life, sopranos, TV

On the Sopranos, Behind The Beautiful Forevers, and starfish

While Breaking Bad is the best show ever, as Bryan Cranston himself said, you wouldn’t have his show if the Sopranos hadn’t come before it. I’m late to the game but thanks to Apple TV and HBO GO we’ve been gobbling up the Sopranos every evening for the past few months. I feel lucky to live in an era of amazing television writing and so have really enjoyed watching one of the shows that helped herald this new era of anti-heros and complex characters and stories that don’t dumb down to the lowest common denominator. [Don’t get me wrong though, Boy Meets World, deep as a plate though it may be, is still awesome. Full House on the other hand, has not aged well for some reason.]

With great television, we’re also getting great critics who analyze every episode of their favorite shows. I love reading the reviews on my favorite shows via The AV Club and Alan Sepinwall. For me, they’re the Roger Ebert of television.

The AV Club writers in particular can get quite philosophical about the shows they review and encourage the reader to not just think about the show, but themselves. Yesterday after watching the episode before the penultimate episode of The Sopranos, I read this passage in the review as he describes how the children of mobsters, how the wives of mobsters, how the mobsters can live with themselves when all they possess is built on the destruction of others. The writer turned it on the reader:

The odds are pretty good that if you’re reading this, you’re reading it in the West, in the luxury of a comfortable home, on an expensive machine, in a place where you don’t really need to worry about where your next meal is coming from or whether you’ll be killed by an exploding rocket on your way home from the supermarket. Yet to be alive in the West, to be alive in modern society, is to win a massive lottery you didn’t even know you’d entered. Every day, billions of the world’s citizens live in the middle of the uncertainty of their very survival, and the comfort of our own existence involves turning a blind eye to this—the better to make sure we don’t confront the weird luck we’ve all had to be born in this moment, in this place, in this life. We’re born owing such an incredible karmic debt to all of those who are disadvantaged so that we might be advantaged, that to even consider it could shut a person down. So we don’t think about it. This isn’t a condemnation. I do it. You do it. Everybody does it. It’s how we live.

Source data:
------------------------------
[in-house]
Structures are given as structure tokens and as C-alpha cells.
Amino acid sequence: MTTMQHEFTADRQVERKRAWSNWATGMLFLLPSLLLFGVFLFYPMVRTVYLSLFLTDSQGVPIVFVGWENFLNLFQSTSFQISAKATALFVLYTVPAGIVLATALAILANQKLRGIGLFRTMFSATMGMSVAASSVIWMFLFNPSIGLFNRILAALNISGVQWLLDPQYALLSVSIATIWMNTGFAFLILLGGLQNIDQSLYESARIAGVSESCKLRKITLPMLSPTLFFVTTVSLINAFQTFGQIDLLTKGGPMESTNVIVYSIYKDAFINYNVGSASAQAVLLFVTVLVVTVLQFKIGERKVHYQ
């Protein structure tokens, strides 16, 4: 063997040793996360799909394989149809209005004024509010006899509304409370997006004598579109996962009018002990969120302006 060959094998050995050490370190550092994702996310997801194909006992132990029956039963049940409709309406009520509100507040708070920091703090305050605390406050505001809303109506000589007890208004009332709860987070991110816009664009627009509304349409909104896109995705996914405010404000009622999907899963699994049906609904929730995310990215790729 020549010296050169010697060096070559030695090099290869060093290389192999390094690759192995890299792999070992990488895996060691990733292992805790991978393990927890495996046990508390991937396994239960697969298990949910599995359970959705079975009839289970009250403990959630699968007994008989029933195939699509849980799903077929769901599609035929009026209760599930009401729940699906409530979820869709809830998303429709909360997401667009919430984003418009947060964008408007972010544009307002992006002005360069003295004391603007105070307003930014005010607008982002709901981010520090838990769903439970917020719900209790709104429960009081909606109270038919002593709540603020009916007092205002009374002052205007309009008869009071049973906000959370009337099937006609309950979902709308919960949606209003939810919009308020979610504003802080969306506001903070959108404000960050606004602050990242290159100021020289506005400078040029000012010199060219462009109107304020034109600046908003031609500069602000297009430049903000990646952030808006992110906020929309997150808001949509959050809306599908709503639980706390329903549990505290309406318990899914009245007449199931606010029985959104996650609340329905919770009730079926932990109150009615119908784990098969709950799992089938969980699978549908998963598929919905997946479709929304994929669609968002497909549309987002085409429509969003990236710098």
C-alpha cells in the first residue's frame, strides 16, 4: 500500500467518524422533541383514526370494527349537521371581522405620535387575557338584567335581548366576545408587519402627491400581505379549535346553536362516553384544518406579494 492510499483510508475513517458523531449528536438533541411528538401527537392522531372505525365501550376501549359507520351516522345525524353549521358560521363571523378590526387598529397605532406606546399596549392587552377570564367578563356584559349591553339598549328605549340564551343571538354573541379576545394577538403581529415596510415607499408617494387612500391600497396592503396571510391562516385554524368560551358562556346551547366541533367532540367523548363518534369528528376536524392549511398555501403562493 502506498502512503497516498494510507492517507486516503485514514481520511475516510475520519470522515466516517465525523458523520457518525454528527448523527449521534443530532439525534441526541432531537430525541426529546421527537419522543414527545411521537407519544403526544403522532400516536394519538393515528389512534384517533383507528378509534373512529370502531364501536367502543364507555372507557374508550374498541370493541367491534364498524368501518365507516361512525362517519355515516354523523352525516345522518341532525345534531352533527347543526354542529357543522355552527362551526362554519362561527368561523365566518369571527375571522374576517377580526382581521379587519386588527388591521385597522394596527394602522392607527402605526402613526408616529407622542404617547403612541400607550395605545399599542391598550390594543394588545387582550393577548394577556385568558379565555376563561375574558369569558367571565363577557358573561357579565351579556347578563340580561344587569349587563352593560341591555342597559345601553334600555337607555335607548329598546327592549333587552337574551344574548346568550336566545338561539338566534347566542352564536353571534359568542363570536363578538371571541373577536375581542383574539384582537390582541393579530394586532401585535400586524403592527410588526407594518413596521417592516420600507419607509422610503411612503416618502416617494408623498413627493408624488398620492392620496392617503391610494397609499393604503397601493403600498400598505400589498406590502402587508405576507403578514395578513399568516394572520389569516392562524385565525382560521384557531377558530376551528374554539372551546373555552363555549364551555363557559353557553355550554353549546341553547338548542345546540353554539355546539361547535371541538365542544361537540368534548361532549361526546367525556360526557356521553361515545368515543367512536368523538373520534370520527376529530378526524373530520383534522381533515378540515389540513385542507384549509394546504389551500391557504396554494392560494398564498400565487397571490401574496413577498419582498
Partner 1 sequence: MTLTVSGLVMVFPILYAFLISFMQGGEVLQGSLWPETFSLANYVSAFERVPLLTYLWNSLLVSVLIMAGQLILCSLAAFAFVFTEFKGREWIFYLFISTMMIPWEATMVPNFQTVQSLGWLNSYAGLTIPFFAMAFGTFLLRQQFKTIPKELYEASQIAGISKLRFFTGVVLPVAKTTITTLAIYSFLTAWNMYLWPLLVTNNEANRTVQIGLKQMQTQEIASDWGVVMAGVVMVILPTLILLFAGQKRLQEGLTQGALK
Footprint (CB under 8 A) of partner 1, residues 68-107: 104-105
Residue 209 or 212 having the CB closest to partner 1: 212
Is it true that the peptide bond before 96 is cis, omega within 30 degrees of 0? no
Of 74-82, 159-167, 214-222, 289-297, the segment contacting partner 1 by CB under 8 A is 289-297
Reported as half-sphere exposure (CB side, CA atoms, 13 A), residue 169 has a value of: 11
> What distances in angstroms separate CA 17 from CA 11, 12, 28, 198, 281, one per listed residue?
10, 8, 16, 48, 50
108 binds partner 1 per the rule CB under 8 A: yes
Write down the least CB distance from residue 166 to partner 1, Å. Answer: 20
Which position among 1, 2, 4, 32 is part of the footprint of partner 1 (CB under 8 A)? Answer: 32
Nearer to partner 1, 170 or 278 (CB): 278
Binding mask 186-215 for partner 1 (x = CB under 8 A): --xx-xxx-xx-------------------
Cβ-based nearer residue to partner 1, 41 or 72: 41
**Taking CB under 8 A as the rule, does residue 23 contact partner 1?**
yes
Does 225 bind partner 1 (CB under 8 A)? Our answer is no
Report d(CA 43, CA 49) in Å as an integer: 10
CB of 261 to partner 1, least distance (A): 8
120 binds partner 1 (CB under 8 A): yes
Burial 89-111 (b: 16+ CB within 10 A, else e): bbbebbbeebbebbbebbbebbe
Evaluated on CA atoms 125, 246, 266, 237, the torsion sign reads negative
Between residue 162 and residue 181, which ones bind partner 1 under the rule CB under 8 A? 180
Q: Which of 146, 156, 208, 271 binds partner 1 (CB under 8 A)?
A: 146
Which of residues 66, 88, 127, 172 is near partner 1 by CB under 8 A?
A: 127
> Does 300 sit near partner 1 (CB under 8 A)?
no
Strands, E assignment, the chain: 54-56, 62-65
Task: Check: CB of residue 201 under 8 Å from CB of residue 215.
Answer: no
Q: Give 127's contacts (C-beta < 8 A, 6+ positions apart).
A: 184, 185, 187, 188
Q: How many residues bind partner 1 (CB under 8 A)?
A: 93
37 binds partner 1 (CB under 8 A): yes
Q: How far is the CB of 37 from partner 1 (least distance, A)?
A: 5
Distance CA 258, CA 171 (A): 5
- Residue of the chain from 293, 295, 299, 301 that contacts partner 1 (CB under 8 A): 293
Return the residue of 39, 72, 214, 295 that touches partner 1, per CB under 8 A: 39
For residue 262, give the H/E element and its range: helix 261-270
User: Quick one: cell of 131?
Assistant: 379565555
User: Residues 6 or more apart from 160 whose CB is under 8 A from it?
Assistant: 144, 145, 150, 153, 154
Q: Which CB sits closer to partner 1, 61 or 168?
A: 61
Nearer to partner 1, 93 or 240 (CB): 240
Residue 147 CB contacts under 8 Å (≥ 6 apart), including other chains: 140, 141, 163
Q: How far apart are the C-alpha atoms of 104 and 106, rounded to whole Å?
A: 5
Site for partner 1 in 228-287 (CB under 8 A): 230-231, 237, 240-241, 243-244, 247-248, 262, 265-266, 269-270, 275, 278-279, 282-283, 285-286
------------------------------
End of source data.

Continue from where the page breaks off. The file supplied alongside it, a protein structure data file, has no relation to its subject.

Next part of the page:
This passage stopped me in my tracks. Why yes, I do look down at the family of the mobsters who see what is going on, feel horrified in the moment, but then get into their expensive cars, go to their expensive homes, and push out the pain and horror around them. And yet, is there something I recognize in them? Is this why there’s always been such animosity for Carmela over Tony? We can identify with her willful ignorance. And we don’t like it.

I recently finished Behind The Beautiful Forevers, a gorgeously written book about the reality of Mumbai’s slums written in very straightforward and honest prose. A friend recommended it nearly a year ago but knowing the content I was afraid to read it, perhaps for the same reason that the children of mobsters don’t want to look behind the curtain of their own lives. But read it I did recently, and in reading I found myself face to face with the reality that as I gripe about the produce at Publix and the weeds overtaking the mulched play area in the backyard, there are people, three-thousand people, stacked atop each other and living in an area equal to my residential lot. And if you remove the man-made borders that created Pakistan, I am just one generation removed from India as my ancestral land. Katerine Boo, because of her years with the people she wrote about was able to move beyond the superficial the horror the horror! of their lives and gives us a nuanced insight into how they think, how they dream, and who they truly were. And in getting to know them, we see we’re not much different from them. Just luckier.

But what does one do with this knowledge? That is where I am stuck. That is where the sadness intersects with guilt. To have so much when others have so little. What can one do to reconcile doing our best to help the world and to also not be broken down by it in fits of guilt? Sure, I can do my part. When I return to the workforce I can go back to helping the underrepresented and under served as I did before. I can continue donating to charities to help those who are disadvantaged [though the book gives sobering insight to what happens with a lot of the charity money]. I can participate in local efforts to help the underprivileged. I can raise my sons to be good moral men who will help make the world a better place– and yet– as Tony’s son, AJ, says I’m just one individual. My impact only so much.

But I guess unlike AJ, who uses that as a reason to stop trying, knowing my impact is small, doesn’t mean I have an excuse to not make the impact I can. Even if its the equivalent of a drop in the ocean, like the starfish philosophy, we do what we can with what we have. And we can tidy up and try to make better the small patch of area we’re given with our deeds, our words, our thoughts. And while it’s not enough. It will never ever be enough. It’s something. And until I can figure out a better way to reconcile it all, it’s what I will do.

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